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Discrimination

This page provides a general overview of state and federal discrimination laws in Washington State, including examples of local government ordinances that address discrimination based on sexual orientation.

New legislation: Effective June 11, 2020

  • Discrimination based on citizenship or immigration status is prohibited. See ESB 5165.
  • Racial discrimination based on hair is prohibited. See HB 2602.

For further information, see our blog: New Legislation Expands Washington’s Anti-Discrimination Law


Overview

Discrimination can be a significant -- and unlawful -- barrier to a qualified person's ability to obtain a job, advance in his or her present job, or retain the job he or she already has. Both state and federal laws prohibit discrimination in the workplace. State law is enforced by the State Human Rights Commission and federal laws are enforced by the Equal Employment Opportunity Commission.

Washington State Law

Under state law (RCW 49.60.180), everyone has the right to be free from discrimination at work, as well as in other situations. Discrimination occurs if an employer treats someone differently and denies them equal treatment or access because of:

  • race
  • creed
  • color
  • national origin
  • sex
  • marital status
  • family with children status
  • age
  • the presence of any sensory, mental, or physical disability
  • the use of a trained dog guide or service animal by a person with a disability
  • honorably discharged veteran or military status
  • sexual orientation/gender identity
  • citizenship or immigration status (effective June 11, 2020)

To combat gender and wage inequality, RCW 49.58.100 prohibits employers from seeking the wage or salary history of an applicant from the applicant or from their current or former employer. However, if the applicant voluntarily discloses wage or salary history, the employer may confirm that history. The employer may also seek information after an offer of employment with compensation has been made. Additionally, after an offer has been made, the employer must provide the minimum wage or salary information for the position, if the applicant requests it.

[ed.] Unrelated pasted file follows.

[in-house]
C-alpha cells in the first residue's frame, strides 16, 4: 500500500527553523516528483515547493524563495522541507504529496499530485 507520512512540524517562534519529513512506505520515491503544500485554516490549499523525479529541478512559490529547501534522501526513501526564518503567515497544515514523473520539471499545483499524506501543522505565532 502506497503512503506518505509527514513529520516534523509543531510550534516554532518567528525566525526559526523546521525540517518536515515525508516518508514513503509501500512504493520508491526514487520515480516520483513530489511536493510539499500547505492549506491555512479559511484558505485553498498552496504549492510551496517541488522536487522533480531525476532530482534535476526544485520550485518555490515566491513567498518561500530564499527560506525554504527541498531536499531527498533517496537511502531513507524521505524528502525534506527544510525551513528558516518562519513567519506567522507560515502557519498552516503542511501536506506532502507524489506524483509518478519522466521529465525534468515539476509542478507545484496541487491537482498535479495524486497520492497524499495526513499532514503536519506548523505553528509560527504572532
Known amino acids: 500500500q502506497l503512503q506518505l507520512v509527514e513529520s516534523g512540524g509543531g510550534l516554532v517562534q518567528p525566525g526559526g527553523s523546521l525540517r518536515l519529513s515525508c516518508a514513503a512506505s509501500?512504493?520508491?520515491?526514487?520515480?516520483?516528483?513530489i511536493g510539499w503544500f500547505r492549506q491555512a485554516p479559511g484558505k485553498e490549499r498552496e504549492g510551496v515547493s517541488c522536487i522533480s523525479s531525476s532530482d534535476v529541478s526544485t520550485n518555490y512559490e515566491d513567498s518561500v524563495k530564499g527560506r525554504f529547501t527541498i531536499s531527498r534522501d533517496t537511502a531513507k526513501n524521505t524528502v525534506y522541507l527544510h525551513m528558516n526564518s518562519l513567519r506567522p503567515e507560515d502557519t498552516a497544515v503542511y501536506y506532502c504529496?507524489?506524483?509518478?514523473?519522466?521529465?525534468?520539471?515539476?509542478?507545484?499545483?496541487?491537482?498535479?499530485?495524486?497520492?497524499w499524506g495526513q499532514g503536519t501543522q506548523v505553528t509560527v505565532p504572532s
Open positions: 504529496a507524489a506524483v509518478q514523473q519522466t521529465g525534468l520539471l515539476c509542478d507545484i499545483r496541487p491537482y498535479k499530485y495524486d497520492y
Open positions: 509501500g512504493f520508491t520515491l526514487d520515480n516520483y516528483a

The State Human Rights Commission enforces the state laws prohibiting discrimination in employment, as well as in other areas, and complaints alleging discrimination should be filed with the Commission.

Below are links to applicable administrative codes.

Federal Law

The U.S. Equal Employment Opportunity Commission (EEOC) is responsible for enforcing federal laws that make it illegal to discriminate against a job applicant or an employee because of the person's race, color, religion, sex (including pregnancy), national origin, age (40 or older), disability or genetic information.

The U.S. Equal Employment Opportunity Commission provides information and links to:


Discrimination Based Upon Sexual Orientation

The State Human Rights Commission (WSHRC) is authorized to enforce laws prohibiting discrimination based upon a person's sexual orientation, in addition to other laws prohibiting discrimination. See RCW 49.60.180.

For additional information on discrimination based upon sexual orientation, see the following WSHRC's resources:

The below codes include "sexual orientation" in the definition of harassment/discrimination to be consistent with RCW 49.60.180(1).


Examples of Anti-Discrimination Policies

For examples of anti-harassment and non-discrimination policies, see our page on Sexual Harassment.


Recommended Resources


Last Modified: June 11, 2020